• Each slip contains two rows: one for the acting directions and the other for the reason for the acting. 

Wednesday, March 9, 2016

Tag questions

My colleague Ceren Kocaman prepared this worksheet to introduce tag questions. It starts with a lovely dialogue between a man and his daughter, and encourages learners to discover the rule with some concept check questions.

The worksheet also includes some practice at the end, but you might need to help them with exceptions like "Let's do this, shall we?". 

Tuesday, March 8, 2016

Talk for a minute

This speaking activity might help you fill in those 5-10 minutes that you have at the end of a lesson.

The topics are very easy to talk about, so you can use this with learners at lower levels.

Download this PPT and ask learners to choose one of the letters on the first slide. Click on it and it will take you to a ‘talk for a minute’ slide. Read the question, check understanding, then click anywhere on the slide to start the one-minute timer (the white bar at the bottom). The student talks until the timer stops.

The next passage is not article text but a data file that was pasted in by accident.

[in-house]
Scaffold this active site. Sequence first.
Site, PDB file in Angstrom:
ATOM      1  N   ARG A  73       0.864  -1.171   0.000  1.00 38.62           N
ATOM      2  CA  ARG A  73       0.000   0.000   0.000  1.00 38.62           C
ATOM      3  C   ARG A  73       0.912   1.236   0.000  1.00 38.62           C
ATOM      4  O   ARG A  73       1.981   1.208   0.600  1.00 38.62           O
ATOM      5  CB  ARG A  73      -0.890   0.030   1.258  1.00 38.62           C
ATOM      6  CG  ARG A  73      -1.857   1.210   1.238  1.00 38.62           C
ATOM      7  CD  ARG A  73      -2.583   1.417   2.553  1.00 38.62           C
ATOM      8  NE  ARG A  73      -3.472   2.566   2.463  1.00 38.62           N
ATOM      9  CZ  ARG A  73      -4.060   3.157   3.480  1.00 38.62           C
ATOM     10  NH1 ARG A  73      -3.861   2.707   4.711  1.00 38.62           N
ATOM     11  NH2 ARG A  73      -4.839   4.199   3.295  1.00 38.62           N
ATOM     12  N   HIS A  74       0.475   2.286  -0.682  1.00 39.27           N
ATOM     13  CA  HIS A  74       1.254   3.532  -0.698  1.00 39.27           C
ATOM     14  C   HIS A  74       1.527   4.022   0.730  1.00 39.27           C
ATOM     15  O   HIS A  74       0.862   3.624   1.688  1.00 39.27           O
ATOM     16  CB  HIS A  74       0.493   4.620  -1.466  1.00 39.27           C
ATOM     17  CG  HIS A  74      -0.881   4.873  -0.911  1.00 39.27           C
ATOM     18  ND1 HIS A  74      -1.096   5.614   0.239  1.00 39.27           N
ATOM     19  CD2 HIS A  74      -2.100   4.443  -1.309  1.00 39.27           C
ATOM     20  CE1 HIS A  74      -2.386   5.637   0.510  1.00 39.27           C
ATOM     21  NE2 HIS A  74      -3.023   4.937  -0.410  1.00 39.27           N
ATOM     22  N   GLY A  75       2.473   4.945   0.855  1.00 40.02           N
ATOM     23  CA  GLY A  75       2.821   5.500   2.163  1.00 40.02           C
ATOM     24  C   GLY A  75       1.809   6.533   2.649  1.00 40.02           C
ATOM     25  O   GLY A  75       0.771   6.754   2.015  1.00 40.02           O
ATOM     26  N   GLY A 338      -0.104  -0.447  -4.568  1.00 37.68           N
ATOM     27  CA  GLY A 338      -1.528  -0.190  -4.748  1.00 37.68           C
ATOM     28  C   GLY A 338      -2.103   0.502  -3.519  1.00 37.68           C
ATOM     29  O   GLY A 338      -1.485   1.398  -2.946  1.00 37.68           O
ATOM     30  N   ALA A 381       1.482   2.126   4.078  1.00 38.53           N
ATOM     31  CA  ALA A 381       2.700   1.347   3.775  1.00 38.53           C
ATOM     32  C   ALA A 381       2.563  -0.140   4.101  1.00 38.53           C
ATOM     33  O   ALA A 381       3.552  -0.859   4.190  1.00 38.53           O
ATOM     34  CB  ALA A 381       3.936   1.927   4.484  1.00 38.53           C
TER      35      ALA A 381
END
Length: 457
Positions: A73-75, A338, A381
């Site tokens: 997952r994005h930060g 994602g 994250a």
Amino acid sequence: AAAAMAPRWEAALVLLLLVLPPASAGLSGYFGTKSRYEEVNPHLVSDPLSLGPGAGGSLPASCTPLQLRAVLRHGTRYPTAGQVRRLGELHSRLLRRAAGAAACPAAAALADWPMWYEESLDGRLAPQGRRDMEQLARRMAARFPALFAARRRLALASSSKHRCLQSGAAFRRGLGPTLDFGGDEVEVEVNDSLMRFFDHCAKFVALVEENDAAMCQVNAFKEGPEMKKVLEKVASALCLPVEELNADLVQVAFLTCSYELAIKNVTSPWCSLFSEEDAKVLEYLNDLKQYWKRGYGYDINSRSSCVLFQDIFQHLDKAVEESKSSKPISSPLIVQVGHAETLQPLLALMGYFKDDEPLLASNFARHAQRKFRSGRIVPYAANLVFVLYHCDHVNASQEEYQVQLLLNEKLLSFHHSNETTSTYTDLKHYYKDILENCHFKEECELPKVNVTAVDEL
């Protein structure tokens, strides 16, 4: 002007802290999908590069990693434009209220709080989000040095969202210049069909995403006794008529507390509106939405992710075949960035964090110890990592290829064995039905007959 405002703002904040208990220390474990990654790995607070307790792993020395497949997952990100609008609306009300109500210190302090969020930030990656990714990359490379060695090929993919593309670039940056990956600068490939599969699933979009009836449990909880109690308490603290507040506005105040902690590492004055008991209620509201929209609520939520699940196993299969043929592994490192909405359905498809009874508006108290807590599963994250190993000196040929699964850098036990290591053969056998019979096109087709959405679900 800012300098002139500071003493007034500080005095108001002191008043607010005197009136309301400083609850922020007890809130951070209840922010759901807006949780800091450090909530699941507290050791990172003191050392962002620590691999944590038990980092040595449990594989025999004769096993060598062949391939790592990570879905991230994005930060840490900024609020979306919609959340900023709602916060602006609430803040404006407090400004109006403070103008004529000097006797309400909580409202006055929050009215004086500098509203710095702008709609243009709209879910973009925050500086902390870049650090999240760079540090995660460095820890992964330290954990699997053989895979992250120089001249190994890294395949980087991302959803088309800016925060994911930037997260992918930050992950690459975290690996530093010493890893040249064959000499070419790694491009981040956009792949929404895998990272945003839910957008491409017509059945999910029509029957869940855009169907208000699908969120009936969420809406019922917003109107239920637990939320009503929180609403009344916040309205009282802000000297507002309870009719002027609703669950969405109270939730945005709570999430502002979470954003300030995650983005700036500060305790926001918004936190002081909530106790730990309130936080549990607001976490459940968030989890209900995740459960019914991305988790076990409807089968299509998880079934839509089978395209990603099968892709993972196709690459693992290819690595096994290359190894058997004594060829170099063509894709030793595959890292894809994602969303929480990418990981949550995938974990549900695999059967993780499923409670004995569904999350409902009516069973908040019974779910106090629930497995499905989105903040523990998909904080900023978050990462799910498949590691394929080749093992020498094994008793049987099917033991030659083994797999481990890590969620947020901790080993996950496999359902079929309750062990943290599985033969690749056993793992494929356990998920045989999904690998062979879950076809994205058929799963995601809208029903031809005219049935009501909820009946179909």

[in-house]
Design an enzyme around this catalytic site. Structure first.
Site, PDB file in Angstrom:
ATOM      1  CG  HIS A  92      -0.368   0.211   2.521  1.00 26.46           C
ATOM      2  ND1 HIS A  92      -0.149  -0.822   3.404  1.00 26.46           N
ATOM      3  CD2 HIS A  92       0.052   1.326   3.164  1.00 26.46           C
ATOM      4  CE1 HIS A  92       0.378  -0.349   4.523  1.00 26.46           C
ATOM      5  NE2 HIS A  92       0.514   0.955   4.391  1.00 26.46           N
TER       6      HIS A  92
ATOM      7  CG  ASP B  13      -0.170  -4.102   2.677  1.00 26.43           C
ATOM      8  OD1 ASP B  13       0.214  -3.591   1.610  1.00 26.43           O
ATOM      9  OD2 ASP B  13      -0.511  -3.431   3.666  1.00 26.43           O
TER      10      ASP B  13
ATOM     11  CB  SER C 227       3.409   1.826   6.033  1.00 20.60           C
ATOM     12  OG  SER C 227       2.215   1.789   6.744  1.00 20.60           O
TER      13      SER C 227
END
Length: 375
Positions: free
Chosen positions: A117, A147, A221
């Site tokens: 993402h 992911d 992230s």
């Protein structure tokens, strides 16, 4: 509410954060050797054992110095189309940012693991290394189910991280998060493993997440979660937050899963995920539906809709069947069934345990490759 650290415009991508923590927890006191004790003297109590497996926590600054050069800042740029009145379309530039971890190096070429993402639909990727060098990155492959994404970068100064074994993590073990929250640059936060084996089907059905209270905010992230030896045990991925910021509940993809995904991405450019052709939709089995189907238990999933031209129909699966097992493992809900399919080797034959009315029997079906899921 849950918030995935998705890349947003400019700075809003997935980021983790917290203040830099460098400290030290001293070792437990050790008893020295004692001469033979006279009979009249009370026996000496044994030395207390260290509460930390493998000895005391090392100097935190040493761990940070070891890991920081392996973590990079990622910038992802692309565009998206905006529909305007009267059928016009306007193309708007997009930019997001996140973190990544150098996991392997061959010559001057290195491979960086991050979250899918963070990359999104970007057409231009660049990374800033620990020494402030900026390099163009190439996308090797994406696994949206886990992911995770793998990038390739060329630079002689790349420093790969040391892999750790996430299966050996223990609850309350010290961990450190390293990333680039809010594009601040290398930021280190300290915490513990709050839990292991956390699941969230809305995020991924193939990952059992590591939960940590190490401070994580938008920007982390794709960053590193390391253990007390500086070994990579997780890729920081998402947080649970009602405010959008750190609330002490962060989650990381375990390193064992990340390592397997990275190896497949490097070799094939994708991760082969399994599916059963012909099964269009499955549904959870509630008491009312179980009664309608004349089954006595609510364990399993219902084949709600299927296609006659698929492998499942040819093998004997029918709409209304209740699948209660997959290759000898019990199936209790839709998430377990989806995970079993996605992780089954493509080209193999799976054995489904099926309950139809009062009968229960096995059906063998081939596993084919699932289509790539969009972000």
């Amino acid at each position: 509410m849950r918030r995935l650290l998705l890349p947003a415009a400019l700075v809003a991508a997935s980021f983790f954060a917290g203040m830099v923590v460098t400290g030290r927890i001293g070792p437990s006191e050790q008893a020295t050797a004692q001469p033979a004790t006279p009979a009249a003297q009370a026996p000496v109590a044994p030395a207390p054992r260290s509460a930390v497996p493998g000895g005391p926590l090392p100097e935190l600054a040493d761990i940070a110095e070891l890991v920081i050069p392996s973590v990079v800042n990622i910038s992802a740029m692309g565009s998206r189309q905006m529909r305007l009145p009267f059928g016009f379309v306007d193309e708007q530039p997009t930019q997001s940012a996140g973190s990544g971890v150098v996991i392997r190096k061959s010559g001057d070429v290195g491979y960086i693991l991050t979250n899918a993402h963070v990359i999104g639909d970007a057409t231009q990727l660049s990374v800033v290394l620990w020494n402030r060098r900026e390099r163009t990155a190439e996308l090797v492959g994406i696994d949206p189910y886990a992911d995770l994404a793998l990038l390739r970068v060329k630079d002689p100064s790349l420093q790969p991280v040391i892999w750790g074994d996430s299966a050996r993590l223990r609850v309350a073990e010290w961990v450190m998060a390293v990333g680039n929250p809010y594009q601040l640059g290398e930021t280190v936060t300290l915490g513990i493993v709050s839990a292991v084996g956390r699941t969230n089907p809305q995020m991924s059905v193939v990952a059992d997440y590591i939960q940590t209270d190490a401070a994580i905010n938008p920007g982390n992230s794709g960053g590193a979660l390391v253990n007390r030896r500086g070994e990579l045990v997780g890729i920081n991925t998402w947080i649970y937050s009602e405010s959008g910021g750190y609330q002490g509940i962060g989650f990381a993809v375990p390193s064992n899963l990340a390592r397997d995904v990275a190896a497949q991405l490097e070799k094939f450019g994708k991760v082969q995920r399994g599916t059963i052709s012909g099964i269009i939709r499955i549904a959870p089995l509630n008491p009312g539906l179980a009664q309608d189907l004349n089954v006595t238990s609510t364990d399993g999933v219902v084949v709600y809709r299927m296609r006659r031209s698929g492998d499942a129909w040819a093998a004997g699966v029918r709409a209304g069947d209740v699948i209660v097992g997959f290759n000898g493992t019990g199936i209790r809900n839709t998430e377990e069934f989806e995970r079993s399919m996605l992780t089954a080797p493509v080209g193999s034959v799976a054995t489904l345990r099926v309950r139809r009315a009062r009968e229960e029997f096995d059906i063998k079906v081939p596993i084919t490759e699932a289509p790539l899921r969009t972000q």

When the time is up, click on the cloud with a letter in it in the top left corner to go back to the home slide.

Monday, March 7, 2016

Playing Pyramid to practice relative clauses

This is a fun speaking activity based on the TV game show Pyramid in which a player from the team tries to guess the name of a certain category with the help of her/his teammate(s).  

Watch Joey from Friends play the game in the video below.


This game aims to help learners practice relative clauses, so all the categories are relative clauses. Here is how you play the game.

Thursday, March 3, 2016